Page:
I want to think next about the mechanisms at the interface between oceans and air.

On April 24 David A. said:

Thank you Ron. To clarify, The highway is the earth’s system, defined as the “oceans, land, and atmosphere”, the on ramp is Total Solar Insolation, and the off ramp is radiation to space. So in this context albedo radiation is a Lamborghini, and the ocean is gridlock (or parking lot as you said) on the highway. Yes, the ocean is the dog, and the atmosphere is the tail, and a snubbed one at that.

A practical example is seen annually. in the SH summer, the earth receives about 7 percent more insolation, (a massive increase in input, close to 90 watts per sq. meter.) yet the atmosphere cools! Is the earth gaining or losing energy in the SH summer? There is certainly reduced residence time in the NH, due to increased albedo of snow on the land mass heavy N.H, and increased residence time in the SH, due to amplified SW ocean penetration. Both factors however remove energy from the atmosphere; the NH through reflecting energy to space, and the SH via absorbing the energy into the oceans, away from the atmosphere for much longer periods. So, despite a massive increase in insolation, the atmosphere cools, but does the earth gain or lose energy? I am guessing that it gains energy, unless SH cloud cover greatly expands, but I have never seen this quantified.

All non-input change theories on climate are a manifestation of the affect of “residence time.” I have found this useful in talking to “Slayers” I tell them the GHE is based on increasing the residence time of certain WL of LWIR energy via redirecting exiting LWIR energy back into the system, while input remains constant, thus more total energy is within the system. The greater the increase in residence time of the energy, the greater the potential energy accumulation.

In “slayers” defense I will say that some of the energy in the atmosphere is the result of conduction, and if conducted energy manifesting as heat strikes a GHG molecule, and is causative to that GHG molecule sending that energy to space, then said GHG molecule is cooling, as otherwise the conducted energy would have stayed within the atmosphere if it had simply conducted to another non GHG molecule. I have been unsuccessful in getting anyone to quantify how often this happens. In the lower atmosphere collision, or conduction transfers dominate and GHG molecule function pretty much the same as non GHG molecules, transferring energy via collision more rapidly then via radiation.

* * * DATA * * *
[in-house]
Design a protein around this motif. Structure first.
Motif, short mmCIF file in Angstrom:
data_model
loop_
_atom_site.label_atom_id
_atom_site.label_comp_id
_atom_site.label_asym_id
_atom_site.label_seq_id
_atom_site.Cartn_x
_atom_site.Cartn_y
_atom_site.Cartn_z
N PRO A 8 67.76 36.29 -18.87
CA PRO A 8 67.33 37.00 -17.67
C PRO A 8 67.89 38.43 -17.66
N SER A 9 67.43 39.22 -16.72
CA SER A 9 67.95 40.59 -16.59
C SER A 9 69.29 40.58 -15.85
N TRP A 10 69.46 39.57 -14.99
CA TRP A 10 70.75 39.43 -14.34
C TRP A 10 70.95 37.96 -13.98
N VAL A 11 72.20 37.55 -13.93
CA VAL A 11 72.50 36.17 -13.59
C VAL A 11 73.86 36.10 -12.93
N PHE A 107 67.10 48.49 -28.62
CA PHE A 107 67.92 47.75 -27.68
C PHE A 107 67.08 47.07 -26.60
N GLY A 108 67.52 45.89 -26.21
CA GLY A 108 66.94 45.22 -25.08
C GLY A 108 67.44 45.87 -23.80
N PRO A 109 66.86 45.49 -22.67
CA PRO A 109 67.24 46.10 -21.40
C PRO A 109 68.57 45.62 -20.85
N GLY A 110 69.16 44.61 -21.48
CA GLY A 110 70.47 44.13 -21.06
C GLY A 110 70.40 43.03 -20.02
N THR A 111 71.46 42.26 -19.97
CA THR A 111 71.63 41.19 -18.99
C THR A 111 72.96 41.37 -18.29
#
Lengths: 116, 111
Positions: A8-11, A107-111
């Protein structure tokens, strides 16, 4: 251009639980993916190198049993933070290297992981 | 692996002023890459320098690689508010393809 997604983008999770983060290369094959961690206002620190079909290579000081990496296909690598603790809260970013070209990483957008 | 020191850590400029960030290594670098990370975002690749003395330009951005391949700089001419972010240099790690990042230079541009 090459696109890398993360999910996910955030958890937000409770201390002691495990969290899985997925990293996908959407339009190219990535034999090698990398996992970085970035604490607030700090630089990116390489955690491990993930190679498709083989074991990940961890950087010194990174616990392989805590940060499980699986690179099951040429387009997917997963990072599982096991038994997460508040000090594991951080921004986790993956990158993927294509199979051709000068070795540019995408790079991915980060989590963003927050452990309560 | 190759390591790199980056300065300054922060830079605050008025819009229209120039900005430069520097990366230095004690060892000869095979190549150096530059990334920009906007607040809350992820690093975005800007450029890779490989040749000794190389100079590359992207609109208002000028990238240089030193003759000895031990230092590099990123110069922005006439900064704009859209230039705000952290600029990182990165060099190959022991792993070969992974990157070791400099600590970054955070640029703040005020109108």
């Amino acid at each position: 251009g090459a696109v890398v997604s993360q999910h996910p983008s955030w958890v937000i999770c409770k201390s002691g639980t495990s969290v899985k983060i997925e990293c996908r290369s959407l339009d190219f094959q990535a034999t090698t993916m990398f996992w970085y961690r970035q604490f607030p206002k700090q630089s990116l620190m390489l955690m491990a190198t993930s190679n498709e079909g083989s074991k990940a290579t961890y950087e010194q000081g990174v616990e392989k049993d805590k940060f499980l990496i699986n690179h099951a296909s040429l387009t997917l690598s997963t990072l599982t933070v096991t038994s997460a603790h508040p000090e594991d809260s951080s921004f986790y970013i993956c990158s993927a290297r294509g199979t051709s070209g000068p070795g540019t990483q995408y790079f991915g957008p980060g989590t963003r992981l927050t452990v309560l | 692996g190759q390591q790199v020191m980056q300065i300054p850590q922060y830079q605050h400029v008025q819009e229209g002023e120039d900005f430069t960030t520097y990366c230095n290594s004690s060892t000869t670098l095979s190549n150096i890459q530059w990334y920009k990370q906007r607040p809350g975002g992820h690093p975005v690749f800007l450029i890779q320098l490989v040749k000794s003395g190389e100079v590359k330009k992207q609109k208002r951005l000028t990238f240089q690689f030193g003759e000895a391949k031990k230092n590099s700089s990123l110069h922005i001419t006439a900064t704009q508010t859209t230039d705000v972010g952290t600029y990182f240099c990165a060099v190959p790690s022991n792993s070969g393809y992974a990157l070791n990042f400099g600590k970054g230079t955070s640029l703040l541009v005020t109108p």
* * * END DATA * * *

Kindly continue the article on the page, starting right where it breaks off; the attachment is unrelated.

In this sense I maintain not all watts are equal. In a past WUWT post Willis asserted that the LWIR re-striking the surface, via back radiation, was equal to the SW striking the surface, sans the clouds presence. I maintained that while the watts may be equal, the SW was causative to a much greater overall energy within the “system” due to it longer residence time striking and penetrating the tropical SH ocean, up to 800 feet deep. ( the epipelagic Zone ) and some even deeper to 3000′ (Mesopelagic Zone)

The interchange between the ocean and the atmosphere is a very active place. My understanding is that the oceans are, on average, a bit warmer then the surface atmosphere. (The dog is wagging the tail)

Regarding LWIRs ability to heat the ocean, I am often struck by how black and white the argument usually goes; as in…”LWIR cannot warm the oceans”. The counter argument goes, “can to”. I watched a very long post at WUWT go on and on like that. I tried once or twice to say wait a minute guys, let quantify this, or admit we don’t know. In general I think most of the energy of LWIR goes into evaporation, convection, and energy release through condensing at altitude, and radiation lost to space. However I can see the potential for the surface in some areas to warm, and slow the release of ocean heat. But if the state of our climate science is such that we do not know the answer to this in detail, then this alone, ignoring a dozen other major unknowns, is, IMV, adequate to completely discount the models.

Ron C. responds:

David, I am stimulated by this discussion and am posting it separately for others’ interest.

Your point about SH summer provides observational confirmation of the effects of thermal storage in the oceans.

Previously I have thought about your points in terms of the delay in heat transport from surface to space. Surrounded by the nearly absolute cold of space, our planet’s heat must move in that direction, which involves pushing it through the atmosphere. Of course, you are right that there is an additional delay within the oceans from the overturning required to bring energy to the surface for cooling. I like the image above depicting the water wheel as a massive traffic circle.

The Difference between climate on the Earth and the Moon